Howard G. Brown is an historian of France between the sixteenth and nineteenth centuries, with a special interest in politicized violence. His previous book, Ending the French Revolution: Violence, Justice, and Repression from the Terror to Napoleon (winner of the AHA’s Gershoy Award), argues that despite the ringing slogans of 1789, liberal democracy was not the most significant outcome of the French Revolution. Rather, after years of politicized violence and perverted justice, of regional revolt, endemic banditry, citizen juries, and militarized policing, France's illiberal democracy quickly gave way to a modern "security state." His newest book, Mass Violence and the Self: From the French Wars of Religion to the Paris Commune, explores the earliest visual and textual depictions of personal suffering caused by the French Wars of Religion (1562–98), the Fronde (1648–52), the French Revolutionary Terror (1793–94), and the Paris Commune (1871). This richly illustrated and conceptually innovative book shows how increasingly effective communication of suffering through various novel media from wood-block printing to photography helped to provoke major collective traumas and stimulate the psychological processes of the self.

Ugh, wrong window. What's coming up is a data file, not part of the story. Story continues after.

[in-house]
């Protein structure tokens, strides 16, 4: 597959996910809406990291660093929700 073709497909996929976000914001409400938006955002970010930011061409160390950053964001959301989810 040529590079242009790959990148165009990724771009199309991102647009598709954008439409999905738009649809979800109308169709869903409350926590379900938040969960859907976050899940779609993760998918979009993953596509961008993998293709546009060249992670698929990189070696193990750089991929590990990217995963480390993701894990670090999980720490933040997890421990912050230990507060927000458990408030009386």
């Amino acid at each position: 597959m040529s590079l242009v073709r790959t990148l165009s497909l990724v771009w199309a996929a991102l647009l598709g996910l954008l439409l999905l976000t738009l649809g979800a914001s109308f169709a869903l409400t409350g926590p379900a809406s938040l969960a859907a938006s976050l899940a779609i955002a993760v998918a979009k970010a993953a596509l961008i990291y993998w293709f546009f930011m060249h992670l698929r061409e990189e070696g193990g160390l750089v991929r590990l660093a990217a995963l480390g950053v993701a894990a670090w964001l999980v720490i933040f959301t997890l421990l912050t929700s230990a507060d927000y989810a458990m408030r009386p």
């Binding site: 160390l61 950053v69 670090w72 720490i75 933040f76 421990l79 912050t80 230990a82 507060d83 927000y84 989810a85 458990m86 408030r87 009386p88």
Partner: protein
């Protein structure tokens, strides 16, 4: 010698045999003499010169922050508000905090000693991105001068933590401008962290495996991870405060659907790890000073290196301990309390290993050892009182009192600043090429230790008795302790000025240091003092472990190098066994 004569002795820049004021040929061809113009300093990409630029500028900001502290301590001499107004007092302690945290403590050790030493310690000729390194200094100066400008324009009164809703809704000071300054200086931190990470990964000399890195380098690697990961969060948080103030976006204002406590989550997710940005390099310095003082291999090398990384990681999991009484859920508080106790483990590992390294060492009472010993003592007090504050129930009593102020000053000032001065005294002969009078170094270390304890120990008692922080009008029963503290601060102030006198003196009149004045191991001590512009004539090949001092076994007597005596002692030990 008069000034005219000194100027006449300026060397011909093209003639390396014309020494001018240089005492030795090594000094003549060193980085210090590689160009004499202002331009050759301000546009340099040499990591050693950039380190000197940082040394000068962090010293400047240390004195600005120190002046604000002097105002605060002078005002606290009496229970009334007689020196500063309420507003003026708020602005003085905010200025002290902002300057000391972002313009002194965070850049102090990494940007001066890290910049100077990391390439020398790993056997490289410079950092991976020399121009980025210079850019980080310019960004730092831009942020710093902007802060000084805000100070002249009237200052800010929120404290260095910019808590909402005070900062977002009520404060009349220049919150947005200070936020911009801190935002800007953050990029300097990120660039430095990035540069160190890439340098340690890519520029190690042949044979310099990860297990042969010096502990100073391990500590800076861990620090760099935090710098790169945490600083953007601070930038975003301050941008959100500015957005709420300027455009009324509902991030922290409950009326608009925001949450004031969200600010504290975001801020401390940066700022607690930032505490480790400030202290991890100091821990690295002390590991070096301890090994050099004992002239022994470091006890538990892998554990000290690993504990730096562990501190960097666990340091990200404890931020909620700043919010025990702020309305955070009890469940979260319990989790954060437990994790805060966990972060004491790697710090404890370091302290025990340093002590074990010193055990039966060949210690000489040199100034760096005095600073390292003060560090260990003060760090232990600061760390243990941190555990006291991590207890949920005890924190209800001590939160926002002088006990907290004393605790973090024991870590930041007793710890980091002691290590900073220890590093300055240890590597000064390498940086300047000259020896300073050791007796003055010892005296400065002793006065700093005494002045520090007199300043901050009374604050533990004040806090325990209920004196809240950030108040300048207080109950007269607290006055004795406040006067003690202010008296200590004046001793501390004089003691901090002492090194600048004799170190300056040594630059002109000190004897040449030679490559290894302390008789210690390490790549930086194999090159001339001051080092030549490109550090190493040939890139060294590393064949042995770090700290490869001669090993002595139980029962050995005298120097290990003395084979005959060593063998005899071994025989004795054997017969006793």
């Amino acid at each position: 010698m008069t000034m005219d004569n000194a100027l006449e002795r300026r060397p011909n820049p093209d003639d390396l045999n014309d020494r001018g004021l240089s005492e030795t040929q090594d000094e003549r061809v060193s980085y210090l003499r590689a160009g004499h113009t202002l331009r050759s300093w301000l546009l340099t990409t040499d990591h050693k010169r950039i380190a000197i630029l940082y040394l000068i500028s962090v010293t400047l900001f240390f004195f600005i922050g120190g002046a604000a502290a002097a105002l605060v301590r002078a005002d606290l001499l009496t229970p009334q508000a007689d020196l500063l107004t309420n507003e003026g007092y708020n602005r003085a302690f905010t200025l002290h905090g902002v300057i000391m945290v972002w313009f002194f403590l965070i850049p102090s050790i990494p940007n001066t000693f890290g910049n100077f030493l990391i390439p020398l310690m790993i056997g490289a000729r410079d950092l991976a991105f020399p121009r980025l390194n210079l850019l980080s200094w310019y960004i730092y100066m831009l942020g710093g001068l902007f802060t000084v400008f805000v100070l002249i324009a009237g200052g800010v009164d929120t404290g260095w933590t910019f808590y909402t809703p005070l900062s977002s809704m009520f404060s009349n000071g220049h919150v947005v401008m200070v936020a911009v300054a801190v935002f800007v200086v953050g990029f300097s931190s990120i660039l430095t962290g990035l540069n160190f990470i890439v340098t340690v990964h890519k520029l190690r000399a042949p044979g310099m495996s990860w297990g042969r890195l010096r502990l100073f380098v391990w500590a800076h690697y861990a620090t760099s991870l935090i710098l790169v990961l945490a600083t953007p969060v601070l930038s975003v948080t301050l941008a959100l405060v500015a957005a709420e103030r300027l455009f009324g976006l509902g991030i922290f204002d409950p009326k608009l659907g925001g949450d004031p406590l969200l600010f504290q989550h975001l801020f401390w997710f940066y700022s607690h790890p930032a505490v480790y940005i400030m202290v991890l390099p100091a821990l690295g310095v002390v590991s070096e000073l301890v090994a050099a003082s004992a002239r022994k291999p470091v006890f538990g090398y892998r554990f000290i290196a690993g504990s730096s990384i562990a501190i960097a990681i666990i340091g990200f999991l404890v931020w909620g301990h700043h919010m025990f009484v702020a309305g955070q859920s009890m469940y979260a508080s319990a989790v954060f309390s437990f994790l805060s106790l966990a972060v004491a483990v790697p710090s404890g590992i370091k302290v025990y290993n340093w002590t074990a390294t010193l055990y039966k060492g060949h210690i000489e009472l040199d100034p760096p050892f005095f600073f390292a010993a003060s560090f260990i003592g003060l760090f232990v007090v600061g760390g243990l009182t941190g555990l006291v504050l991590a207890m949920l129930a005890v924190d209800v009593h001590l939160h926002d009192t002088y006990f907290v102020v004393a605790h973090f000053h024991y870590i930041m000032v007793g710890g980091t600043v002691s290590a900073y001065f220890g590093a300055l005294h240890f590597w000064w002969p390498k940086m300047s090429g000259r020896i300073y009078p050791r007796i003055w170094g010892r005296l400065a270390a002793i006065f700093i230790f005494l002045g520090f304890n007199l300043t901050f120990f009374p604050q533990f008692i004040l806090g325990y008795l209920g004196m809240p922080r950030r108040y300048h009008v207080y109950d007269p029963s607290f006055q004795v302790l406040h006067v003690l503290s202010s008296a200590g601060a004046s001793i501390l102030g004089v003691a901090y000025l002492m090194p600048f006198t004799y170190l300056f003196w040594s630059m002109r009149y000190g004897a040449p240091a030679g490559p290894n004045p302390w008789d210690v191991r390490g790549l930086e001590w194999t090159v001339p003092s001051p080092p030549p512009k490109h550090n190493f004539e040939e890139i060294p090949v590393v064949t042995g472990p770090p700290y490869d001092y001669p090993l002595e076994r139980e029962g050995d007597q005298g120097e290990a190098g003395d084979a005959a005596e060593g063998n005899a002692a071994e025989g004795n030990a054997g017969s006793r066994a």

In his teaching, Professor Brown stresses the importance of history as a highly interpretative discipline whose value depends on the rigorous treatment of evidence. He has served two terms as Chair of the History Department and played many leadership roles in faculty governance and strategic planning at Binghamton University.
- DPhil, Balliol College-Oxford University
- MA, York University
- BA, University of Saskatchewan
- Early Modern Europe
- Politicized violence
- Select Awards
- SUNY Chancellor's Award for Excellence in Faculty Service, 2015
- Provost's Interdisciplinary Symposium Grant, 2007-08
- American Historical Association's Leo Gershoy Award for the Best Book in 17th and 18th-Century European History, 2006
- University of Virginia's Walker Cowen Prize for an Outstanding Work in 18th-Century Studies, 2005
- SUNY Chancellor's Award for Excellence in Teaching, 2004
- National Endowment of the Humanities Annual Fellowship, 1997-98